One of the first moves that the new Donald Trump administration is prepared to undertake by executive order is to dismantle the Obama era climate change regime, according to the Washington Examiner. It will end the so-called social cost of carbon metric, a top secret standard that the Obama administration had used to justify the enormous cost of many of its environmental regulations. It will also end the State Department’s authority for approving transnational pipelines. The latter move will clear the way for the construction of the Keystone XL pipeline, the often delayed and now blocked pipeline designed to take oil from the Alberta tar sands in Canada to refineries on the Texas Gulf Coast.

The impending series of executive orders is illustrative of how elections matter. The Obama administration was decidedly hostile to fossil fuels. The Trump administration sees oil, gas, and coal as essential for its strategy for jump-starting the American economy and raising money to pay for infrastructure construction.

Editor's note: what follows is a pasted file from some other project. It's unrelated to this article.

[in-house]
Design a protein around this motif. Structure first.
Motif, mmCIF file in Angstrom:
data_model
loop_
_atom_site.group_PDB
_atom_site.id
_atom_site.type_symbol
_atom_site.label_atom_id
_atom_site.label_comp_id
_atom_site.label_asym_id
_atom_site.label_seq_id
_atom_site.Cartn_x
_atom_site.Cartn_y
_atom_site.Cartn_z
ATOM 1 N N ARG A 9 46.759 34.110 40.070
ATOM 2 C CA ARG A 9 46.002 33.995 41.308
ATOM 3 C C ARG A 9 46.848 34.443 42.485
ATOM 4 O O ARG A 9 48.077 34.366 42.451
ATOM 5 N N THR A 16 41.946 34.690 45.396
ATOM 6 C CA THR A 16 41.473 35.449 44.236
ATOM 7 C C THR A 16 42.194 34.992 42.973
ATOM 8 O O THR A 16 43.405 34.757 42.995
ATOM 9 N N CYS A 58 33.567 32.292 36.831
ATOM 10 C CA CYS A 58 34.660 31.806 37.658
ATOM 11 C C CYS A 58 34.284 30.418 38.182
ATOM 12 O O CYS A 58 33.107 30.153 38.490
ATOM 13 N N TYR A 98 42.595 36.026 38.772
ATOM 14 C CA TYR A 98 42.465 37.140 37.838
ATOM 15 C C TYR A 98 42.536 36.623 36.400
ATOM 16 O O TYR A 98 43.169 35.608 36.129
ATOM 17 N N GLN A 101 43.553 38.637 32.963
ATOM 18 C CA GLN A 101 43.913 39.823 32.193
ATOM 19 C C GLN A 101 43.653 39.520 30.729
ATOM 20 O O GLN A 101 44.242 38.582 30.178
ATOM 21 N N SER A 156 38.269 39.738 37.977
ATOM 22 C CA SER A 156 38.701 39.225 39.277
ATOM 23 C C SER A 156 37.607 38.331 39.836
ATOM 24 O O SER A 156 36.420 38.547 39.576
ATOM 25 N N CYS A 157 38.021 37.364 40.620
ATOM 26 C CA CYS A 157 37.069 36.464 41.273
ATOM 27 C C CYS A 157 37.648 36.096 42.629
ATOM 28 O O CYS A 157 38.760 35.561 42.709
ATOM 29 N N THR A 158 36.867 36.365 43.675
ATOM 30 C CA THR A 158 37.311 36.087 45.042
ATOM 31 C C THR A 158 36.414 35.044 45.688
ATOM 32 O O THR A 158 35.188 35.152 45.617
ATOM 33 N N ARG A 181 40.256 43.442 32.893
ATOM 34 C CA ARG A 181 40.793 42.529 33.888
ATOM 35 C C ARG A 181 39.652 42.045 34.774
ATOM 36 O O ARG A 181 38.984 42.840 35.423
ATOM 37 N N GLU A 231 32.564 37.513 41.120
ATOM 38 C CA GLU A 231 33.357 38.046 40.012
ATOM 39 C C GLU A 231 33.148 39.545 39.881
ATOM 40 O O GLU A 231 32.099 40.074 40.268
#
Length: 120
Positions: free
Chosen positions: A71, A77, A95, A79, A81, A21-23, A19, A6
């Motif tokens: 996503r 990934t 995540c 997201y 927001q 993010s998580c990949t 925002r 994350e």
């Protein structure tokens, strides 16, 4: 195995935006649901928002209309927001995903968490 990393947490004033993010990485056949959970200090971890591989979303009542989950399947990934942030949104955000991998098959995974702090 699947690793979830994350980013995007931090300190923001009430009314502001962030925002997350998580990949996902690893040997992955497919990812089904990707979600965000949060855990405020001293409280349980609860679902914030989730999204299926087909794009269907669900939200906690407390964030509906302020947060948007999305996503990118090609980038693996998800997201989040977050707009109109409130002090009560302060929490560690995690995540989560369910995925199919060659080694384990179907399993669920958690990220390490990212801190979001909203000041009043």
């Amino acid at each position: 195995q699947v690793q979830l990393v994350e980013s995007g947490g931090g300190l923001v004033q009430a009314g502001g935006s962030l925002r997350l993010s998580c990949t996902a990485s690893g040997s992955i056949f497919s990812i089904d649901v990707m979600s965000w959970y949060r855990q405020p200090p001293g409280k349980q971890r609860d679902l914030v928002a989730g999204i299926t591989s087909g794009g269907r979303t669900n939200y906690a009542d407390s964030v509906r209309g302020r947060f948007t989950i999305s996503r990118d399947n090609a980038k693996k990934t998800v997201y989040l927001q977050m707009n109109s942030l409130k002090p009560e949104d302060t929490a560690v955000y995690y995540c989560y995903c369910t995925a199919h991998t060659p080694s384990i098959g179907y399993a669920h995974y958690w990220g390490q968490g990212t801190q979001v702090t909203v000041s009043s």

Environmental groups are not going to take this change in energy policy lying down. They are raising money and getting ready to rumble, both with public protests and with lawsuits. How smoothly the Trump energy policy gets implemented will largely depend on the courts, even though the administration is closing off avenues by the environmental movement to obstruct projects such as pipelines.

Of course, if things get too sticky, the Trump White House has the option to seek legislative relief. Environmental laws such as the Endangered Species Act can always be amended to make certain they cannot be used as easily to obstruct infrastructure projects. Trump can also use his mastery of social media to drum up support for job-creating projects and attack the environmental movement for opposing them.

Also, once the president’s cabinet picks are in place, particularly at EPA, the Interior Department, the Energy Department, and other parts of the government, they will use their executive power to remove obstacles to projects such as pipelines, drilling on federal lands, and other measures to create domestic sources of energy.

Such are the many things that are happening while the media is obsessed by crowd sizes and women’s marches.